Eco town plans have been heavily criticised after the Government revealed yesterday the 15 sites on the eco towns shortlist.

Eco towns, consisting of between 5,00 and 20,000 homes, will all be zero carbon emission, and are only to be built on reclaimed or Brownfield sites. Of the shortlist of 15, 10 will be built, with the first five being completed by 2016.

Protests have already occured against the proposal to build 6,000 homes at The Middle Quinton site, which is on a former Royal Engineers depot, south west of Stratford-upon-Avon.

Izzi Seccombe, a Warwickshire county councillor, said: ‘Building 6,000 new homes at Long Marston [pictured] is utterly inappropriate. It would put unsustainable pressure on Stratford’s transport infrastructure and local services.’

Caroline Flint, Housing Minister, said: ‘We have a major shortfall of housing and with so many buyers struggling to find suitable homes, more affordable housing is a huge priority.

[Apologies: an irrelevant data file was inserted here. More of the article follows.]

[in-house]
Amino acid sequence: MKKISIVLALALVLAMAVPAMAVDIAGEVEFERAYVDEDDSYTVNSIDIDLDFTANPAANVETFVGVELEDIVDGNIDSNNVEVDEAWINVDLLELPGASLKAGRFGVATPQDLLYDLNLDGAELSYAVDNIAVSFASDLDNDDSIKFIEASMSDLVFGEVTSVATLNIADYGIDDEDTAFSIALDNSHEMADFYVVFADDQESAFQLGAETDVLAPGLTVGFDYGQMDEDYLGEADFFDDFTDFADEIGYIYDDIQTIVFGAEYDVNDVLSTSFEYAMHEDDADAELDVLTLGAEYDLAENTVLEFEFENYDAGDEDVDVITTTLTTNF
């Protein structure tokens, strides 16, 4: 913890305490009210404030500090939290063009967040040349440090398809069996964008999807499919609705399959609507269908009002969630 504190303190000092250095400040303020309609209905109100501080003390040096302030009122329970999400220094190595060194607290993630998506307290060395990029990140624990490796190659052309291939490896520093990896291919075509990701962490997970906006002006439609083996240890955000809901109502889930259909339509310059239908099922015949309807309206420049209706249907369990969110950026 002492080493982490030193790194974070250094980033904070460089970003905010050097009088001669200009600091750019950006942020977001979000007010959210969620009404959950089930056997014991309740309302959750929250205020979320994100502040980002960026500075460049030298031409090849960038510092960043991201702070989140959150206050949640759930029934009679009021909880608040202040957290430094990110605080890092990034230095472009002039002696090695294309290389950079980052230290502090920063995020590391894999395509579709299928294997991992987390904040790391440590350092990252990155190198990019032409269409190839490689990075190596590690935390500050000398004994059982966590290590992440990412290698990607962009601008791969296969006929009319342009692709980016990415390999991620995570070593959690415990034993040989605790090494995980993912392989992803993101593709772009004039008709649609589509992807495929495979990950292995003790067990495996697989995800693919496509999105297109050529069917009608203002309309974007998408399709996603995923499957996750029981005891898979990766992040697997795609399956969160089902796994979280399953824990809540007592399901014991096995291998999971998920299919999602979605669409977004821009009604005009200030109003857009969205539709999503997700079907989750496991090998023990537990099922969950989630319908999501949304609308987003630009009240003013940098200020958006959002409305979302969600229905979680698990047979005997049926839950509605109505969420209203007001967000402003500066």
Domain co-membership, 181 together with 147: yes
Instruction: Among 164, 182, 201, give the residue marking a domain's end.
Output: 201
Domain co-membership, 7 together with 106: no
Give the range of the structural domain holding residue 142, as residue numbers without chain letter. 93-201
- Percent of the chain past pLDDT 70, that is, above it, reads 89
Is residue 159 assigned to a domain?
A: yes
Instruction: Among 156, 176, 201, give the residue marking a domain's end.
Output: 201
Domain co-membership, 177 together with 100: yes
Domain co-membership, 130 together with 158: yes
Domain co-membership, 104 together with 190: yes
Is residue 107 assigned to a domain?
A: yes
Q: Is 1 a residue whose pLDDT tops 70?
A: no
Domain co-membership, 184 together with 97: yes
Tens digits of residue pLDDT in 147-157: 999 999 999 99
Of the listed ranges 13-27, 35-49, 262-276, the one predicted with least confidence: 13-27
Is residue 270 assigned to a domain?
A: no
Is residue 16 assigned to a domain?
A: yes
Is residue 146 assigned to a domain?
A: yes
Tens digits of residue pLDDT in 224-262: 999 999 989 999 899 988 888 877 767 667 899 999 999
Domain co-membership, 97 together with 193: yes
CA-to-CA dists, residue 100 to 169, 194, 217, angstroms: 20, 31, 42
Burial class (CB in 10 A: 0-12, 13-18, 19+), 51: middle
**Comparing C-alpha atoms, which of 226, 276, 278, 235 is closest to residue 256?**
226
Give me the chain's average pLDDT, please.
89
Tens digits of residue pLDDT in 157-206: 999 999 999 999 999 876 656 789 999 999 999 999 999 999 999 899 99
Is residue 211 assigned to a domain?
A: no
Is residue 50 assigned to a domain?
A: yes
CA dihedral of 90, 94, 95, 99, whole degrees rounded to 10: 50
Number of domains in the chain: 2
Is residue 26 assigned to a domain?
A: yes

‘To face up to the threat of climate change, we must also cut the carbon emissions from our housing. Eco-towns will help solve both of these challenges.’

The Campaign to Protect Rural England (CPRE) said it was ‘disappointed’ with the shortlist – with one or two exceptions.

Kate Gordon, CPRE planning officer, said: ‘There are a number of locations that involve the loss of greenfield land and a loss of agricultural land.’

Tim Henman’s father, Anthony, has protested against the ‘horrendous’ potential eco town at Weston Otmoor in Oxfordshire, which would consist of 15,000 homes.

The Town and Country Planning Association, however, welcomed the eco town proposals.

Gideon Amos, its chief executive, said: ‘With a potential to deliver around 200,000 new homes, eco towns are an essential part of the solution to the problem of delivering affordable homes at the highest environmental standards to families and households crying out for decent homes.’

Eco town plans have, however, been heavily criticised after the Government revealed the 15 sites on the shortlist yesterday.

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